All That Lives, Feasts | ‘Eat, drink and be merry for tomorrow we snuff it…’
Artist ELLIE HARRISON creates a Mexican Day of the Dead feast for Leeds International Festival. Words: LISA GRABOWSKI
I have often thought that when I die (hopefully at a ripe old age having first become a burden to loved ones and a menace to the staff in the nursing home), I would like to be made into a diamond. (They can do that, you know. I’m not entirely sure how – something to do with carbon extraction from bodily remains, but that bit can be left to scientists.)
I like to imagine my descendants bringing out ‘Diamond Lil’ (as I would insist on the great rock being named) and showing it to their children. “This was your Great Auntie Lisa,” they would say, holding it uncomfortably while making a mental note to scrub their hands in bleach afterwards.
“I believe you mean this was my Great Auntie Lisa’s,” the child would correct in the kind of snotty tone you often find in children who grasp the basics of grammar, but are unable to fathom how to wipe their own nose.
“No, no, dear child. This was your Great Auntie Lisa. She insisted on having it made with her remains, and now we’re stuck with the damned thing as the pawn broker won’t touch it!”
“Oh, how horrid!” the small child would gasp. “To think what we could have spent the inheritance money on!”
I’m not sure why my imagined descendants are such awful people (or why they speak like they’re in a Miss Marple mystery), but I do know that having spent an evening in the company of the wonderful Ellie Harrison (artistic director of The Grief Series) and the Mexican artists of El Faro de Oriente, my ambitions for the afterlife have somewhat changed.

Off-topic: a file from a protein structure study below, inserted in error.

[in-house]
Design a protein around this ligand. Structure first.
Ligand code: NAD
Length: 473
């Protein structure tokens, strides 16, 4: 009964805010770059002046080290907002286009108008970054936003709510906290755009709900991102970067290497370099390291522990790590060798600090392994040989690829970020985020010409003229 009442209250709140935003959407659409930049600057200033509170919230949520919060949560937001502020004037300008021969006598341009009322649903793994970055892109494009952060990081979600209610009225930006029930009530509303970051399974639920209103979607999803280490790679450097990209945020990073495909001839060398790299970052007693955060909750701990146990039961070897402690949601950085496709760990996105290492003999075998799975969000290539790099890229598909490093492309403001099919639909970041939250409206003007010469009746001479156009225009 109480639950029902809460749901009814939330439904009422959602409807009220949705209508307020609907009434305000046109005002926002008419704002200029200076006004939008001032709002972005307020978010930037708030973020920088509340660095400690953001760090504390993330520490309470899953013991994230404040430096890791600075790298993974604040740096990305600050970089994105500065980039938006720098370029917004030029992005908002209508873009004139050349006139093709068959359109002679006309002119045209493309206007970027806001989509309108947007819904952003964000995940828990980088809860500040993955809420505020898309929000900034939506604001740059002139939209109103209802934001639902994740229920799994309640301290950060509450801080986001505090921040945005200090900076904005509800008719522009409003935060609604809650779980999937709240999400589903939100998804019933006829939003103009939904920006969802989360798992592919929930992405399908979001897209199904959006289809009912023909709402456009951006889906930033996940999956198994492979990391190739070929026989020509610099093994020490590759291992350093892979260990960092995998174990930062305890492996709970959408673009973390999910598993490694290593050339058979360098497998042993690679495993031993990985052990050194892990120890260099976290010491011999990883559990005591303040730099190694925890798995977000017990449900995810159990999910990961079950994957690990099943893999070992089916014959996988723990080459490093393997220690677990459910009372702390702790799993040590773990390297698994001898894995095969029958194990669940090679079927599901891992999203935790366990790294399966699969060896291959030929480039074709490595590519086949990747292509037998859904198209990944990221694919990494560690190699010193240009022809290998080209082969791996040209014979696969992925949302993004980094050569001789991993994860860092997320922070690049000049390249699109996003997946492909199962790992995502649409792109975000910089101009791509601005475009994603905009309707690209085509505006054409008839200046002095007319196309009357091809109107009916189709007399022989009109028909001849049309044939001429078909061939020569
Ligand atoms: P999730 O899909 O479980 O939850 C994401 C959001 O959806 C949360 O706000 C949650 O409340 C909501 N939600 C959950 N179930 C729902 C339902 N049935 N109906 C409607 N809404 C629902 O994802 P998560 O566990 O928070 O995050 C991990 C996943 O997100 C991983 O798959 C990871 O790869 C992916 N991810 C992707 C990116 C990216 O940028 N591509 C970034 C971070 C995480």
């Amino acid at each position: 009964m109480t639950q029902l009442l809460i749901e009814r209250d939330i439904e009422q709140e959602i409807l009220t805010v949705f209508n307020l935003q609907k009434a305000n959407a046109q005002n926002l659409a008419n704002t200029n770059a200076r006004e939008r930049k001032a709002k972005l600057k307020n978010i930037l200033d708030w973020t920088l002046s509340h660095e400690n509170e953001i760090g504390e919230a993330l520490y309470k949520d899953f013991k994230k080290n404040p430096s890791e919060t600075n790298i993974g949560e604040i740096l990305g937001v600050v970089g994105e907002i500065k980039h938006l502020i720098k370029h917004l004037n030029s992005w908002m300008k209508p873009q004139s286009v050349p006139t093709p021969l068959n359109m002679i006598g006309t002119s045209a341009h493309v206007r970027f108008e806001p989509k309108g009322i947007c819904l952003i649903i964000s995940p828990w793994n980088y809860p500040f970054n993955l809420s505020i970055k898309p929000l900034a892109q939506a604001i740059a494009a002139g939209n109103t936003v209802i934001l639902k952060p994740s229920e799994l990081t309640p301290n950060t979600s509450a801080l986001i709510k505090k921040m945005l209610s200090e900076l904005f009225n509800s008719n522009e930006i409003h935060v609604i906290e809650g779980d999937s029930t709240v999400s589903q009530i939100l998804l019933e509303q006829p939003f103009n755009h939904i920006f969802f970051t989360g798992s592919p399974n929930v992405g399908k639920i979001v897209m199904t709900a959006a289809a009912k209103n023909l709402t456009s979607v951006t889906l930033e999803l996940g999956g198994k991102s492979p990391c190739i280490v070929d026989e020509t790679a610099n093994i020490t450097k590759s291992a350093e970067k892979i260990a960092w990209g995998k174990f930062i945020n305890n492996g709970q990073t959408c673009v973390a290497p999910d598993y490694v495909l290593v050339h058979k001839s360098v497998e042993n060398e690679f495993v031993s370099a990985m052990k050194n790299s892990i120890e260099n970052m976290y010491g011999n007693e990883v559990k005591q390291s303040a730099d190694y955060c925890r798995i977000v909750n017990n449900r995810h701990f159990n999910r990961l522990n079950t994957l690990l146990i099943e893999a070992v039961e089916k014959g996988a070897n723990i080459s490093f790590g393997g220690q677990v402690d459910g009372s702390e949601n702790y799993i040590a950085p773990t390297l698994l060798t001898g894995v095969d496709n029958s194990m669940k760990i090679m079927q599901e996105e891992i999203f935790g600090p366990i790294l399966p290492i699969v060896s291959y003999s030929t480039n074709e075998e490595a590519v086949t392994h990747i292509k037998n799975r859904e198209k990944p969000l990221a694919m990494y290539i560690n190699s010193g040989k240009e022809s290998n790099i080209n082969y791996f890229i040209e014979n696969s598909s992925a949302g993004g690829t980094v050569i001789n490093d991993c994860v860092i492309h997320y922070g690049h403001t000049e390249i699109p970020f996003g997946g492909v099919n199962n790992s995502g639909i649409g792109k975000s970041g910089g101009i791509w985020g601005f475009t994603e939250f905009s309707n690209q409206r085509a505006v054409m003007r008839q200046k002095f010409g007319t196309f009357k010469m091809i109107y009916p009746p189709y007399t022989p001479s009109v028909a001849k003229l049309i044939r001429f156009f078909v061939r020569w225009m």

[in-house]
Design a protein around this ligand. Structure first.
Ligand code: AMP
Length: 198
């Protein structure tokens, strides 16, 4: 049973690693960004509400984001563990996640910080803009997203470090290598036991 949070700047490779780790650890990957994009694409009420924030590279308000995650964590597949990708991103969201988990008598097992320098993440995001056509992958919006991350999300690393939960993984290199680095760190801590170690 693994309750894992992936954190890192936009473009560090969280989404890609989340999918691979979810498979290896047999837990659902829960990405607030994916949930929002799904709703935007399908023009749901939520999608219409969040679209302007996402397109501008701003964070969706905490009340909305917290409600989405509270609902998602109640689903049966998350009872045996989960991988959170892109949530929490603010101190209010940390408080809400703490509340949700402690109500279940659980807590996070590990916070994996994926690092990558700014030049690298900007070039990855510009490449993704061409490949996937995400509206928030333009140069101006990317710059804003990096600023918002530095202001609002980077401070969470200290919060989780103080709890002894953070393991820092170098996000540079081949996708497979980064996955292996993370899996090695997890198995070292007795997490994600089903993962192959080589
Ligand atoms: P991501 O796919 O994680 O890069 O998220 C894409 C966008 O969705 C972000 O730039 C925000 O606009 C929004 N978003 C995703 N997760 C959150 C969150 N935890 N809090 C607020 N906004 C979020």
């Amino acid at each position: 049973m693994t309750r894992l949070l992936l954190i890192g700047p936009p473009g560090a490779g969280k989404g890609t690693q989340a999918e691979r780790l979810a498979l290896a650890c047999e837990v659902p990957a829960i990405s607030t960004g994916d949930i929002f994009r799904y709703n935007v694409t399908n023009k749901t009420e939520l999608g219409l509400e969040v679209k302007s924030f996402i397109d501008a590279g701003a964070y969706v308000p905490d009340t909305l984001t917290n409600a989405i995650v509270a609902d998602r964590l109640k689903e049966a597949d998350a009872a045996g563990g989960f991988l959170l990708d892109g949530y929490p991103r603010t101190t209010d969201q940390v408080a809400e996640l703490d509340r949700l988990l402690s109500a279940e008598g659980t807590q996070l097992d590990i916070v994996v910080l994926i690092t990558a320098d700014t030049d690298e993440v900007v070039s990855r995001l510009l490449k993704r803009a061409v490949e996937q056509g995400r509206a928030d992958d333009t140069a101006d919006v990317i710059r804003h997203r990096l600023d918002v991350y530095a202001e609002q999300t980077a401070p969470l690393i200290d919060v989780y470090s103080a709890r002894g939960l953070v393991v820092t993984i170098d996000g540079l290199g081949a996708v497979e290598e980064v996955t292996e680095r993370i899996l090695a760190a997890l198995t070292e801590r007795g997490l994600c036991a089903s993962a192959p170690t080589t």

All That Lives, Feasts celebrated two weeks of workshops where artists and local people collaborated to build a giant ofrenda, a Mexican shrine to the dearly departed; marigolds, photographs, tiny offerings and handwritten messages adorned it, making a colourful composition of life and death.
The artists of El Faro created papier mache calacas – quirky skull masks and skeletal representations of people from the local community. There was one of Ellie – “Obvs” she quipped during the opening speeches.
We toasted lost loved ones with a glass (or two) of Mezcal and dined on a Mexican Yorkshire fusion menu (Yorkshican? Mexishire?) cooked by Jessica Sweet. Fettle cheese replaced queso fresco and churros were paired with chocolate orange sauce, a nod to local manufacturer Terry’s.
Fusion was the focus of All That Lives, Feasts – finding new ways to express grief and pay tribute to the dead through exploration of other cultures. What I found that night was colour and warmth and hospitality and love. Not gushy or sickly, just a comforting embrace that told me everything would be OK.
I was overwhelmed by a pleasant, fuzzy feeling in my heart (though that may have been from too much Mezcal). And I knew that on my demise I no longer want to be made into a cold, hard stone. When I am gone, I want my loved ones to have that fuzzy feeling too; to come together, eat great food and celebrate those who have gone before.
And, as I will no longer be there to join in, I just hope there are churros in the next life…
For more about The Grief Series, click here
Interview with Ellie Harrison on The Culture Vulture